Next year, Cleveland, Ohio, will be directly in the path of a total solar eclipse. To celebrate, the Ohio city is giving free an overnight stay so visitors can see it.
In order to enter to win the vacation, the city established an interactive online game. Players race across Cleveland as the sky grows progressively darker, “with a mission to make it downtown before the moon totally blocks out the sun,” Destination Cleveland told Travel + Leisure. They won’t see the solar eclipse if they don’t arrive at the finish line in time.
“We launched the online racing game to build awareness and excitement for next year’s event. It’s a fun way to showcase our local science institutions and to illustrate the variety of viewing locations along the lakeshore, around the city, and in nearby parks and green space. Travelers can learn more about Cleveland as an ideal destination to catch the eclipse and the range of viewing experiences the city offers.”Nick Urig, the senior manager of PR at Destination Cleveland
Players must use the hashtag #SolarEclipseCLE to post their score on Facebook or Twitter by May 26 in order to be eligible for the grand prize, a free trip to see the 2024 total solar eclipse
The winner of the grand prize will also receive up to four sets of solar eclipse glasses, two attraction tickets, a $50 gift card to a downtown restaurant, and an overnight stay for up to four people at a hotel in Cleveland.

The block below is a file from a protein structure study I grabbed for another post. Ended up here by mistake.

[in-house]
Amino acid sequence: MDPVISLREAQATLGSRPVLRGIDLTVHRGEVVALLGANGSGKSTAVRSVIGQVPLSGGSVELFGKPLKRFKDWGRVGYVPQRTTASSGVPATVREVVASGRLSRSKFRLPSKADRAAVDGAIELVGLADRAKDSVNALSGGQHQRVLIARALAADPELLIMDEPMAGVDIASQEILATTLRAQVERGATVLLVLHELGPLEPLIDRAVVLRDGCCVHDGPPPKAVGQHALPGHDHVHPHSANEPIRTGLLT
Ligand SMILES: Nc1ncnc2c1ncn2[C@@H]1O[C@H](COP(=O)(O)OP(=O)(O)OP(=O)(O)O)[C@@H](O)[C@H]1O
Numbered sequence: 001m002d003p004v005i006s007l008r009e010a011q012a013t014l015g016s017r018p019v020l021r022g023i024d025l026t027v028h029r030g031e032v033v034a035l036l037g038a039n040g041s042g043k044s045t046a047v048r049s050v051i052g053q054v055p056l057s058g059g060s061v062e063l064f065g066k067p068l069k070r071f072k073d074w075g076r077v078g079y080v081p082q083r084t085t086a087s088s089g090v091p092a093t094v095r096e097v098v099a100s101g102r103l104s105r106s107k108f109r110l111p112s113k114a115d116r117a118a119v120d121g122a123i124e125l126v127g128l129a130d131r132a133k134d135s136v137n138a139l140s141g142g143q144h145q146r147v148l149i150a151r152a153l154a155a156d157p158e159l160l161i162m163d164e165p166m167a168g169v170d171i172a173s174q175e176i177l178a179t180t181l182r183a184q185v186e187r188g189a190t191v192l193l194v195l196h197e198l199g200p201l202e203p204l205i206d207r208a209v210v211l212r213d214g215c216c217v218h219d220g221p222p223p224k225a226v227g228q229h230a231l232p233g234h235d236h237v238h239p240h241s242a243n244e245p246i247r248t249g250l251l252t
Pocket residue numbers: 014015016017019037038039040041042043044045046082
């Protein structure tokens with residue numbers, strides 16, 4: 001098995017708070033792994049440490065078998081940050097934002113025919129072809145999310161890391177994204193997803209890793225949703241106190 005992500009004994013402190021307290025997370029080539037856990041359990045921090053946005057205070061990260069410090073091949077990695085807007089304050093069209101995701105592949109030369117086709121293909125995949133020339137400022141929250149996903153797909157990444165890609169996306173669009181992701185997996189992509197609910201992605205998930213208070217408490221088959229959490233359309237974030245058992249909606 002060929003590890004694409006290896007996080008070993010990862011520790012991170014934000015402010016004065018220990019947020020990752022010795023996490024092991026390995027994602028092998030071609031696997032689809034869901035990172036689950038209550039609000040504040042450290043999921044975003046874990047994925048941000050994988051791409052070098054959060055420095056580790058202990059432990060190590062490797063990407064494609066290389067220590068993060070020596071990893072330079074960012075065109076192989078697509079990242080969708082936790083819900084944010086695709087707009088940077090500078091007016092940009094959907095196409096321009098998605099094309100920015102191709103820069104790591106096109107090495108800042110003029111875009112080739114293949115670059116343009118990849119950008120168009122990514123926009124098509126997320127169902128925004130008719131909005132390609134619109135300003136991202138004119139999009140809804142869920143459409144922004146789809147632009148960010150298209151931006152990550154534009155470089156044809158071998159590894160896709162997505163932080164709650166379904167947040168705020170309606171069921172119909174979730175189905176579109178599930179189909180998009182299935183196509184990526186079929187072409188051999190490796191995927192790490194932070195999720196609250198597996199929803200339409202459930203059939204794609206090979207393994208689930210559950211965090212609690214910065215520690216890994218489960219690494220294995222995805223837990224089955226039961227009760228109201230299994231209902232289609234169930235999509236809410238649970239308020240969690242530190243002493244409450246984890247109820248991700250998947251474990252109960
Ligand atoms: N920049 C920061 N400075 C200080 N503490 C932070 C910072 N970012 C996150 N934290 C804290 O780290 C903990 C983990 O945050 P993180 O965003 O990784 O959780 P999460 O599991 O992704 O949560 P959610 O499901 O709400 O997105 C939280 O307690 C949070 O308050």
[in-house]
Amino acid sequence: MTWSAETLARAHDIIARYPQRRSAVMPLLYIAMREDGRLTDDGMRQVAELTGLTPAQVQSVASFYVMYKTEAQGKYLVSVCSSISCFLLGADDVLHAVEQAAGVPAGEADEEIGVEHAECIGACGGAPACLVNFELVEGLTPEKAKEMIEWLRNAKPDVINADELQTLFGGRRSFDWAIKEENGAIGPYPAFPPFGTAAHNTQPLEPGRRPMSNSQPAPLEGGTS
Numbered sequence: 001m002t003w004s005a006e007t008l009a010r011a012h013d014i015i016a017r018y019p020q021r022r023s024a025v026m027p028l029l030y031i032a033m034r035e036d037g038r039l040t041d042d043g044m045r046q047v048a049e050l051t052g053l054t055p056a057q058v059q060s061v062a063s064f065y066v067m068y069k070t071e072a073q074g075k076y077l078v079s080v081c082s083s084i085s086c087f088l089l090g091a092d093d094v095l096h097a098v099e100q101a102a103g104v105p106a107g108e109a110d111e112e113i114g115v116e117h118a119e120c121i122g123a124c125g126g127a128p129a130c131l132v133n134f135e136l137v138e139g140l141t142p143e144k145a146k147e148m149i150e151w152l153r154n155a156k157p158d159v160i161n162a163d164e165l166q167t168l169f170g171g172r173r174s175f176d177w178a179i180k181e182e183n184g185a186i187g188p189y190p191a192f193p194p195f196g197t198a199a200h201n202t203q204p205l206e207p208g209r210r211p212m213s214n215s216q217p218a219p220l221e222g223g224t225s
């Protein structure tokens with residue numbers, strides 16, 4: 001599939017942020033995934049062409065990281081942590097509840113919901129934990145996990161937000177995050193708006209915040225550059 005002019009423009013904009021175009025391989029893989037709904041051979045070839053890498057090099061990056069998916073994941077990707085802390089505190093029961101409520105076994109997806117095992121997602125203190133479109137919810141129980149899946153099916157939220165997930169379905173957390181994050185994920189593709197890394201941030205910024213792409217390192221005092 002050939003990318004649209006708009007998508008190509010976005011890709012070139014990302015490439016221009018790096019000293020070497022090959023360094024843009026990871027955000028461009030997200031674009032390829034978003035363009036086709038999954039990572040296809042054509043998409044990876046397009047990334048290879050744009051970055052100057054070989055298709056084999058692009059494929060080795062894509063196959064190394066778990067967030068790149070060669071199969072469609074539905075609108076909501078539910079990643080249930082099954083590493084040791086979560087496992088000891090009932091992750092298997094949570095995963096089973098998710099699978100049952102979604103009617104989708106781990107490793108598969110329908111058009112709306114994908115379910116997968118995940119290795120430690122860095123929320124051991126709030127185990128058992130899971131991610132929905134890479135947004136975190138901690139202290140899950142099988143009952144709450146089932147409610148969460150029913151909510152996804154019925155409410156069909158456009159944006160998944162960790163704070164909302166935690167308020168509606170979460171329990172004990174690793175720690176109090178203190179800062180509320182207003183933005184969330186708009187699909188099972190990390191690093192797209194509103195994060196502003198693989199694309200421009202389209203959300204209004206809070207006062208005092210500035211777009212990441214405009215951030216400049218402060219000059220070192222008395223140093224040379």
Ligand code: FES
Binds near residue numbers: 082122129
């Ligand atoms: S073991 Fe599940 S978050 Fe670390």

This celestial phenomenon, 2024 total solar eclipse, known as the “Great American Eclipse,” will be visible across the nation on April 8, 2024, from the Niagara Falls region in Canada and the U.S. to portions of Indiana, Texas, Oklahoma, Ohio, and other states. According to NASA, it will initially pass North America on the Pacific coast of Mexico at around 11:07 a.m. PDT.
The stars are literally aligning over The Land for a blackout you’ll never forget. On April 8, 2024, at 3:13 pm, Cleveland will be in the path of totality for the solar eclipse. If you’ve never seen an eclipse, this is the only way to do it, as the moon will block out the sun for nearly four minutes – one of the longest durations of any major city in the path of totality..
With a countdown clock and suggestions for other science-related things to do in Cleveland, the city developed a website specifically dedicated to the eclipse. Visit thisiscleveland.com to find out more.